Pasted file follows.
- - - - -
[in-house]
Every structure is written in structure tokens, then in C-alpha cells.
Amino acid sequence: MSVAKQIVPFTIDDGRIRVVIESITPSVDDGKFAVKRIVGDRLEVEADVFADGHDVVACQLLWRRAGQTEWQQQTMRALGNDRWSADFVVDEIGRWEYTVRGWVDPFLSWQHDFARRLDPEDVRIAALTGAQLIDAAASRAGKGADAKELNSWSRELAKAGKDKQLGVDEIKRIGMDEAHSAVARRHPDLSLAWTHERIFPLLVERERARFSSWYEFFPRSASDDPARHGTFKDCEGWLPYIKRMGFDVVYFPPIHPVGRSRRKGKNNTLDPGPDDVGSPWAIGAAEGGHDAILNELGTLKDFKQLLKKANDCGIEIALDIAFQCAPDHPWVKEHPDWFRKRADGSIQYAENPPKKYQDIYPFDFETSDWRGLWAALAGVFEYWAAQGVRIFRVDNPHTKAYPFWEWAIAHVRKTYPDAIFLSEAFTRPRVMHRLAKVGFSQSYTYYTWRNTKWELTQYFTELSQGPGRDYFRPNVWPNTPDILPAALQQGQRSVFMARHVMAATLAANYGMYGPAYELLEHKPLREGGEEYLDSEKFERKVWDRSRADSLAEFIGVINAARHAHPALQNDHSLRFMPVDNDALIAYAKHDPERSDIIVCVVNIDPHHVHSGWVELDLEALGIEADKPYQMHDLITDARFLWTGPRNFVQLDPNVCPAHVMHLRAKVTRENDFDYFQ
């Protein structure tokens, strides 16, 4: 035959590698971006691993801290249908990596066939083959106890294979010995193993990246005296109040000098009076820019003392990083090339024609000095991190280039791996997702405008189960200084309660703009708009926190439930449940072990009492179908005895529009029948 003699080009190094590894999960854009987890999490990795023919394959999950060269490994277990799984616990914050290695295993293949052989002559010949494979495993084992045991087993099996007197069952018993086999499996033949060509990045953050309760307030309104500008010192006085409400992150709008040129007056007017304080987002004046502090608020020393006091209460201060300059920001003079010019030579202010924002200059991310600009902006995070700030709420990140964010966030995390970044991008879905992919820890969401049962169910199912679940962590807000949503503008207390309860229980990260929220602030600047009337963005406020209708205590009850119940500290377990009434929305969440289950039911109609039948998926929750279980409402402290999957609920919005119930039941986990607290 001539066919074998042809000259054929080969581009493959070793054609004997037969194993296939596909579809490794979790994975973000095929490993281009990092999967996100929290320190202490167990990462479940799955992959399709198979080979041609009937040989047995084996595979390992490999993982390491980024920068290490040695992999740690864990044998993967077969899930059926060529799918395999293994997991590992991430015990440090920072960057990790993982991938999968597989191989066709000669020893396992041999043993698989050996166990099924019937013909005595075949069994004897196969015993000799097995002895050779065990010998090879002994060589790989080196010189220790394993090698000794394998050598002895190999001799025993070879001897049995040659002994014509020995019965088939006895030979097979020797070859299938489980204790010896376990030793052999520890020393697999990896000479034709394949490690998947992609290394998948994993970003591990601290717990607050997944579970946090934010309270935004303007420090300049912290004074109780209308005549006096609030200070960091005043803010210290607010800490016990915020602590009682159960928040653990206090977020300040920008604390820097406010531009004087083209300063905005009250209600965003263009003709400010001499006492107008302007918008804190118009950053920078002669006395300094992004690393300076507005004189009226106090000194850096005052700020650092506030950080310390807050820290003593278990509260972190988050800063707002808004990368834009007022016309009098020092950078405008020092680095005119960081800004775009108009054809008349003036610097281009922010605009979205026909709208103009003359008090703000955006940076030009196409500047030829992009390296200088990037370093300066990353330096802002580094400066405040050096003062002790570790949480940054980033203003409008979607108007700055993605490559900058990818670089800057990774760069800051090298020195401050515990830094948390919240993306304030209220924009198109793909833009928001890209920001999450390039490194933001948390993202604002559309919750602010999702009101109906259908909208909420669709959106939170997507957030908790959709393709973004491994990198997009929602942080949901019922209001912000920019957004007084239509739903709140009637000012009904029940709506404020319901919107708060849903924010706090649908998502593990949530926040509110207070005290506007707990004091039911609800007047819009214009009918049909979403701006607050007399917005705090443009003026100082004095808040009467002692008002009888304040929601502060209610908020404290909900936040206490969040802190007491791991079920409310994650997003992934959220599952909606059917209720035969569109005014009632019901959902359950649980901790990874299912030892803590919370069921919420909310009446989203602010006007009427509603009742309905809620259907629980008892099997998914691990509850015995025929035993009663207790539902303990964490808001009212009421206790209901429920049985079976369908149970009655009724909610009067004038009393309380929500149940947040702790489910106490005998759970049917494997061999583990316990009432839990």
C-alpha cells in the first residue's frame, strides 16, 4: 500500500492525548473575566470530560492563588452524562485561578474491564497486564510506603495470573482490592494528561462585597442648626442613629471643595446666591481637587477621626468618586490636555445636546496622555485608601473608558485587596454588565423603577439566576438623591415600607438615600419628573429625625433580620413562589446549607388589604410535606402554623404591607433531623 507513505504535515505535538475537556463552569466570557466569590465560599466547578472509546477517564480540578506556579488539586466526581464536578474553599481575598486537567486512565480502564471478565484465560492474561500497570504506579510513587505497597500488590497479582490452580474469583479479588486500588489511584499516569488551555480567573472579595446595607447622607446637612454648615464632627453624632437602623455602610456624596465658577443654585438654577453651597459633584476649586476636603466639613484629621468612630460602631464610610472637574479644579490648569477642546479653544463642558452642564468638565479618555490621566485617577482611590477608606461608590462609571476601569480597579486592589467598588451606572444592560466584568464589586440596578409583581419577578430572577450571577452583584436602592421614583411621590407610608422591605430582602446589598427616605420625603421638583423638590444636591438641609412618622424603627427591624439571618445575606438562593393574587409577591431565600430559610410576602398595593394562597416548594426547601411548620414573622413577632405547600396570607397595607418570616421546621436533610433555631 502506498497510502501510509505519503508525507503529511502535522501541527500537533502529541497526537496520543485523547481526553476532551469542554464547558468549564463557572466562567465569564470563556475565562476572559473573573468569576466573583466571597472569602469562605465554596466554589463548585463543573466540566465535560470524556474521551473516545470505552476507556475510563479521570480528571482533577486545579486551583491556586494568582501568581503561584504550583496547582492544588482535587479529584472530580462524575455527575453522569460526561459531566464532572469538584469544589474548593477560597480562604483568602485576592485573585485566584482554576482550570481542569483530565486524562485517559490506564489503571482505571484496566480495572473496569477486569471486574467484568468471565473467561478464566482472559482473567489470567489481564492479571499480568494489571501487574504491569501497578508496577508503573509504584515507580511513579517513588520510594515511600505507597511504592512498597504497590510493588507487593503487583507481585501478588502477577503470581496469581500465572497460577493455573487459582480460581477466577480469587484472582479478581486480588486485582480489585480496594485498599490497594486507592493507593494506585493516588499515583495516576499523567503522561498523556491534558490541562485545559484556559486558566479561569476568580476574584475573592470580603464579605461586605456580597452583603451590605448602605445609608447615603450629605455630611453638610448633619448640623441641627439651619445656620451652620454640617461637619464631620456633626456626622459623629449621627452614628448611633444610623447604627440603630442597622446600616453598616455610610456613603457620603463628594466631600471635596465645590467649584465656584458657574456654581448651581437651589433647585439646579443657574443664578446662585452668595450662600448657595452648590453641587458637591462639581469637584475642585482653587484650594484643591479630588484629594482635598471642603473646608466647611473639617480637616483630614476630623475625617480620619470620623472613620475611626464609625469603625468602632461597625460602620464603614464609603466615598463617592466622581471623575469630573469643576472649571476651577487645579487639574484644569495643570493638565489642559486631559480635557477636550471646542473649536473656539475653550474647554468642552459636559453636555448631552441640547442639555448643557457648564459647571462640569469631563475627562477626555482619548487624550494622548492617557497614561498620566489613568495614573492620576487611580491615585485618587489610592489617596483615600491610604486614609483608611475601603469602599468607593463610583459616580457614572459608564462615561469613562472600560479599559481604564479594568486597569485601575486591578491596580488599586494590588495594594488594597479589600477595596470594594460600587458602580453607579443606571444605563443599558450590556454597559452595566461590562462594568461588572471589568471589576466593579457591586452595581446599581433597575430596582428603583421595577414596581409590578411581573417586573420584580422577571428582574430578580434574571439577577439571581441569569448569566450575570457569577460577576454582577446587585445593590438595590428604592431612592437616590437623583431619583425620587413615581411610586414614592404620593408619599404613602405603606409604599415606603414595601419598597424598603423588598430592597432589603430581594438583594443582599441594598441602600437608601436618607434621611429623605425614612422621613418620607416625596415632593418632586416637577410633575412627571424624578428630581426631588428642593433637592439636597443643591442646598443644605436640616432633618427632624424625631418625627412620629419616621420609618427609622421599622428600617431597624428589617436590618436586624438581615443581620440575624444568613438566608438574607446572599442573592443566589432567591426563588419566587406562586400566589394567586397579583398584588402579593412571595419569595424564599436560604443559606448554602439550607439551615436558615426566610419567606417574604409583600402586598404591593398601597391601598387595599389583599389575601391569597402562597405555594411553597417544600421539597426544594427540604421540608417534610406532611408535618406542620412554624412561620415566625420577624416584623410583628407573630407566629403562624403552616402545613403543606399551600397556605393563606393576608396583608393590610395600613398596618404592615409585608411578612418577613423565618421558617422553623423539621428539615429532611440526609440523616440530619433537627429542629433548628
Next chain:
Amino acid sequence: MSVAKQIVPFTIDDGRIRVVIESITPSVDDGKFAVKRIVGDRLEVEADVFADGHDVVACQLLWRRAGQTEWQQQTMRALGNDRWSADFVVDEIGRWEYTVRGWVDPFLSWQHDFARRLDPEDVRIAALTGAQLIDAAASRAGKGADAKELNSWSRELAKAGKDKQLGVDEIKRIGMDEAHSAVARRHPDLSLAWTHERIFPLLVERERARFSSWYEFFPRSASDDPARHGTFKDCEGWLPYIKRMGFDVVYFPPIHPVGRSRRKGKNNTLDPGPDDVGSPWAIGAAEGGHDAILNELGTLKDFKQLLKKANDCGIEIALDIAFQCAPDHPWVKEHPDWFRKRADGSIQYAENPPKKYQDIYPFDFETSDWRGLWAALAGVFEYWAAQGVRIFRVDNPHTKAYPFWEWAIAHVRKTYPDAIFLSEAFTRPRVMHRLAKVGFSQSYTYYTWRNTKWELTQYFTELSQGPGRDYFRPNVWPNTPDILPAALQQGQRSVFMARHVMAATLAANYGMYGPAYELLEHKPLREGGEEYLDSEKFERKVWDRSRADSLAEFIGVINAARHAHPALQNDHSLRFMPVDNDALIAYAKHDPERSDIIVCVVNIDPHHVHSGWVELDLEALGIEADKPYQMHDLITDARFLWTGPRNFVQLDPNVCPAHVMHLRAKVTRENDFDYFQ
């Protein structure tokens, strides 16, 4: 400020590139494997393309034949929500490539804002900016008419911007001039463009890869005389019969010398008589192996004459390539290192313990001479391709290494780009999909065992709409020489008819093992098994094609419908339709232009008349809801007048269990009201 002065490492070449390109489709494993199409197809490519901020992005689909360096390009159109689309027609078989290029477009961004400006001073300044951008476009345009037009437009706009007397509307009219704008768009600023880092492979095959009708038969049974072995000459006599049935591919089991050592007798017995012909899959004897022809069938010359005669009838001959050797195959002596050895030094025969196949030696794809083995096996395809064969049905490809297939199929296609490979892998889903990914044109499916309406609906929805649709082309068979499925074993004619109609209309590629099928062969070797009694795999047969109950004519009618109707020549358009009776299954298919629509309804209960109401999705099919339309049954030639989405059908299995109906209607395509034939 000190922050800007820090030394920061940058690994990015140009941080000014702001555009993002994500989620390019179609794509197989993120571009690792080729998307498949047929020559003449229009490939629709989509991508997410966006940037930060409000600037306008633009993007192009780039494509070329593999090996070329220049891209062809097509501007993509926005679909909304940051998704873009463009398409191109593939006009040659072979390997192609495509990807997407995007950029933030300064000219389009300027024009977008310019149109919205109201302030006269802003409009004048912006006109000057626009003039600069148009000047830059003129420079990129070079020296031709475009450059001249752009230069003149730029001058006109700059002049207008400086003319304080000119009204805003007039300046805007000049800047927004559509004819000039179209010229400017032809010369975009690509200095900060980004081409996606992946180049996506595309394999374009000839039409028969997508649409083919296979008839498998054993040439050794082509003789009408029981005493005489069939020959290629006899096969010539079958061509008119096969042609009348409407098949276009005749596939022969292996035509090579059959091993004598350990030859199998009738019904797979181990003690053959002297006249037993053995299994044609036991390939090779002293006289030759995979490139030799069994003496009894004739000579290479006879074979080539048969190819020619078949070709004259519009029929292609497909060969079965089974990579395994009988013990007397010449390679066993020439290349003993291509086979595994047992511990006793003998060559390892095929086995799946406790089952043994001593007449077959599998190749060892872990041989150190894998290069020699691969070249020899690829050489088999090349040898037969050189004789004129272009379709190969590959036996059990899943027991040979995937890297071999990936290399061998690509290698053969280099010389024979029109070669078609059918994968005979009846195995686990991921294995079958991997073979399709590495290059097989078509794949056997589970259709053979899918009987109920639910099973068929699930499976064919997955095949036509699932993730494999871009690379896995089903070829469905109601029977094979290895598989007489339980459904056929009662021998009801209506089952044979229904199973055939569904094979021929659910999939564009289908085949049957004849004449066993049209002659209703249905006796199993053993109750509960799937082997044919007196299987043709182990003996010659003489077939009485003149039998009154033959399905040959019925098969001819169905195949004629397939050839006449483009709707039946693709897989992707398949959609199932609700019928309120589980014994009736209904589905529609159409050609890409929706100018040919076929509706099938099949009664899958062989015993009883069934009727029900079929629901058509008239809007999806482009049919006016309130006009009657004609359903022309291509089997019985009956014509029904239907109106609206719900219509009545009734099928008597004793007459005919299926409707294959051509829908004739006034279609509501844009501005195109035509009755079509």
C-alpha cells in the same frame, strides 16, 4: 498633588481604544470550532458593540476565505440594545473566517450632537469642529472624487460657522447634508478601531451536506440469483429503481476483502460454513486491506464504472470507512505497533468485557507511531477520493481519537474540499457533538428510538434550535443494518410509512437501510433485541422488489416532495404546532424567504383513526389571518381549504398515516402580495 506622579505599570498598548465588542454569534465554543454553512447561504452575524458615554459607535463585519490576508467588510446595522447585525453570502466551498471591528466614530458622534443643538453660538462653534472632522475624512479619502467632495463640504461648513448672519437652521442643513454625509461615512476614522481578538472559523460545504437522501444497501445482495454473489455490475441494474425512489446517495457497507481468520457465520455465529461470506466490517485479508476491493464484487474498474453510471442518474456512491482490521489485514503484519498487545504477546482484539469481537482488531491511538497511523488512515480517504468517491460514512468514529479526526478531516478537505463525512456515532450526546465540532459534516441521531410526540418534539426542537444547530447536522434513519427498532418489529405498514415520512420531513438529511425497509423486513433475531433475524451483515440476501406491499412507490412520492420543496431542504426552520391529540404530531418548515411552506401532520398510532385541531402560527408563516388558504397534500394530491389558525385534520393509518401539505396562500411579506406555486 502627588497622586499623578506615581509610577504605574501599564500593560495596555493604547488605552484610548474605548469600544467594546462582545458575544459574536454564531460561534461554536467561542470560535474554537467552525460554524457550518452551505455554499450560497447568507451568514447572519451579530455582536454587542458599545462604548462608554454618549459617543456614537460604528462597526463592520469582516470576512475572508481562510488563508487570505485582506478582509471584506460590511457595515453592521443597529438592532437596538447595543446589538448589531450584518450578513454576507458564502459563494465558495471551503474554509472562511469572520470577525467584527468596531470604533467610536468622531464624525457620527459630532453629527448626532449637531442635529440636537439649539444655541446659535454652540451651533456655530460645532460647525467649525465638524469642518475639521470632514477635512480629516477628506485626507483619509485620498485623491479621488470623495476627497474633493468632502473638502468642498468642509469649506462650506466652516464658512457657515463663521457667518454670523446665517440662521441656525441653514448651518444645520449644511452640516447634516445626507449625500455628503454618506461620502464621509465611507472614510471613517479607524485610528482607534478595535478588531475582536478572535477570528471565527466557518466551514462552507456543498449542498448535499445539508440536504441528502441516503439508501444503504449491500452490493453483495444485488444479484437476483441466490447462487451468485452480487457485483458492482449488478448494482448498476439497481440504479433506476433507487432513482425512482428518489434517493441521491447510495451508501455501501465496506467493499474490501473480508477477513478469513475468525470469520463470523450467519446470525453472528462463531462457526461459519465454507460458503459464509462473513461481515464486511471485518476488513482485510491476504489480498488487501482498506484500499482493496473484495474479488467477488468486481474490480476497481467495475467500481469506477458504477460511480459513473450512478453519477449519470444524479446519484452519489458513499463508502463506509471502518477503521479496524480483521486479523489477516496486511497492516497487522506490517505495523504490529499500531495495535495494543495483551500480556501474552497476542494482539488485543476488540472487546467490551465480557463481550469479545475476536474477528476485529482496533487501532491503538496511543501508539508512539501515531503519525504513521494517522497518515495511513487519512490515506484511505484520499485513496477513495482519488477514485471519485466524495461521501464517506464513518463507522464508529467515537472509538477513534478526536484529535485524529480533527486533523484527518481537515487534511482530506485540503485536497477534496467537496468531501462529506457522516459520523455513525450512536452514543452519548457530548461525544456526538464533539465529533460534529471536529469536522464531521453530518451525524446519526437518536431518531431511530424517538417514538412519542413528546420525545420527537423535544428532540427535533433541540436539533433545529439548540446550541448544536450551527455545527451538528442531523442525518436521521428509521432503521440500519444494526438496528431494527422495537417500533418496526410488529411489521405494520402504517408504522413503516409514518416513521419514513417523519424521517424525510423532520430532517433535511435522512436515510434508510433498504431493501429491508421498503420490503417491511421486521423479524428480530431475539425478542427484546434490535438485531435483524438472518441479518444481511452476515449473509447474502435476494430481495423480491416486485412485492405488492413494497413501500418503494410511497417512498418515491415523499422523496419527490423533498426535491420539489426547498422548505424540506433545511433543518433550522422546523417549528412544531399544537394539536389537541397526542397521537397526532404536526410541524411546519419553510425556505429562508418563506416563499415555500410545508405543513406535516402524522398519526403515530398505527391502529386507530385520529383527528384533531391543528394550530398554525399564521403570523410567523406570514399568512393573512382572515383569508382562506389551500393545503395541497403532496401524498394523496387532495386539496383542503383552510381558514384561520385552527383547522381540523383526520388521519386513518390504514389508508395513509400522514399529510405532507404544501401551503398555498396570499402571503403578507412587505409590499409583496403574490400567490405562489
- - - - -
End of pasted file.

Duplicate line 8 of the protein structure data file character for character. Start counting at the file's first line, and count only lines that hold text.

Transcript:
């Protein structure tokens, strides 16, 4: 400020590139494997393309034949929500490539804002900016008419911007001039463009890869005389019969010398008589192996004459390539290192313990001479391709290494780009999909065992709409020489008819093992098994094609419908339709232009008349809801007048269990009201 002065490492070449390109489709494993199409197809490519901020992005689909360096390009159109689309027609078989290029477009961004400006001073300044951008476009345009037009437009706009007397509307009219704008768009600023880092492979095959009708038969049974072995000459006599049935591919089991050592007798017995012909899959004897022809069938010359005669009838001959050797195959002596050895030094025969196949030696794809083995096996395809064969049905490809297939199929296609490979892998889903990914044109499916309406609906929805649709082309068979499925074993004619109609209309590629099928062969070797009694795999047969109950004519009618109707020549358009009776299954298919629509309804209960109401999705099919339309049954030639989405059908299995109906209607395509034939 000190922050800007820090030394920061940058690994990015140009941080000014702001555009993002994500989620390019179609794509197989993120571009690792080729998307498949047929020559003449229009490939629709989509991508997410966006940037930060409000600037306008633009993007192009780039494509070329593999090996070329220049891209062809097509501007993509926005679909909304940051998704873009463009398409191109593939006009040659072979390997192609495509990807997407995007950029933030300064000219389009300027024009977008310019149109919205109201302030006269802003409009004048912006006109000057626009003039600069148009000047830059003129420079990129070079020296031709475009450059001249752009230069003149730029001058006109700059002049207008400086003319304080000119009204805003007039300046805007000049800047927004559509004819000039179209010229400017032809010369975009690509200095900060980004081409996606992946180049996506595309394999374009000839039409028969997508649409083919296979008839498998054993040439050794082509003789009408029981005493005489069939020959290629006899096969010539079958061509008119096969042609009348409407098949276009005749596939022969292996035509090579059959091993004598350990030859199998009738019904797979181990003690053959002297006249037993053995299994044609036991390939090779002293006289030759995979490139030799069994003496009894004739000579290479006879074979080539048969190819020619078949070709004259519009029929292609497909060969079965089974990579395994009988013990007397010449390679066993020439290349003993291509086979595994047992511990006793003998060559390892095929086995799946406790089952043994001593007449077959599998190749060892872990041989150190894998290069020699691969070249020899690829050489088999090349040898037969050189004789004129272009379709190969590959036996059990899943027991040979995937890297071999990936290399061998690509290698053969280099010389024979029109070669078609059918994968005979009846195995686990991921294995079958991997073979399709590495290059097989078509794949056997589970259709053979899918009987109920639910099973068929699930499976064919997955095949036509699932993730494999871009690379896995089903070829469905109601029977094979290895598989007489339980459904056929009662021998009801209506089952044979229904199973055939569904094979021929659910999939564009289908085949049957004849004449066993049209002659209703249905006796199993053993109750509960799937082997044919007196299987043709182990003996010659003489077939009485003149039998009154033959399905040959019925098969001819169905195949004629397939050839006449483009709707039946693709897989992707398949959609199932609700019928309120589980014994009736209904589905529609159409050609890409929706100018040919076929509706099938099949009664899958062989015993009883069934009727029900079929629901058509008239809007999806482009049919006016309130006009009657004609359903022309291509089997019985009956014509029904239907109106609206719900219509009545009734099928008597004793007459005919299926409707294959051509829908004739006034279609509501844009501005195109035509009755079509």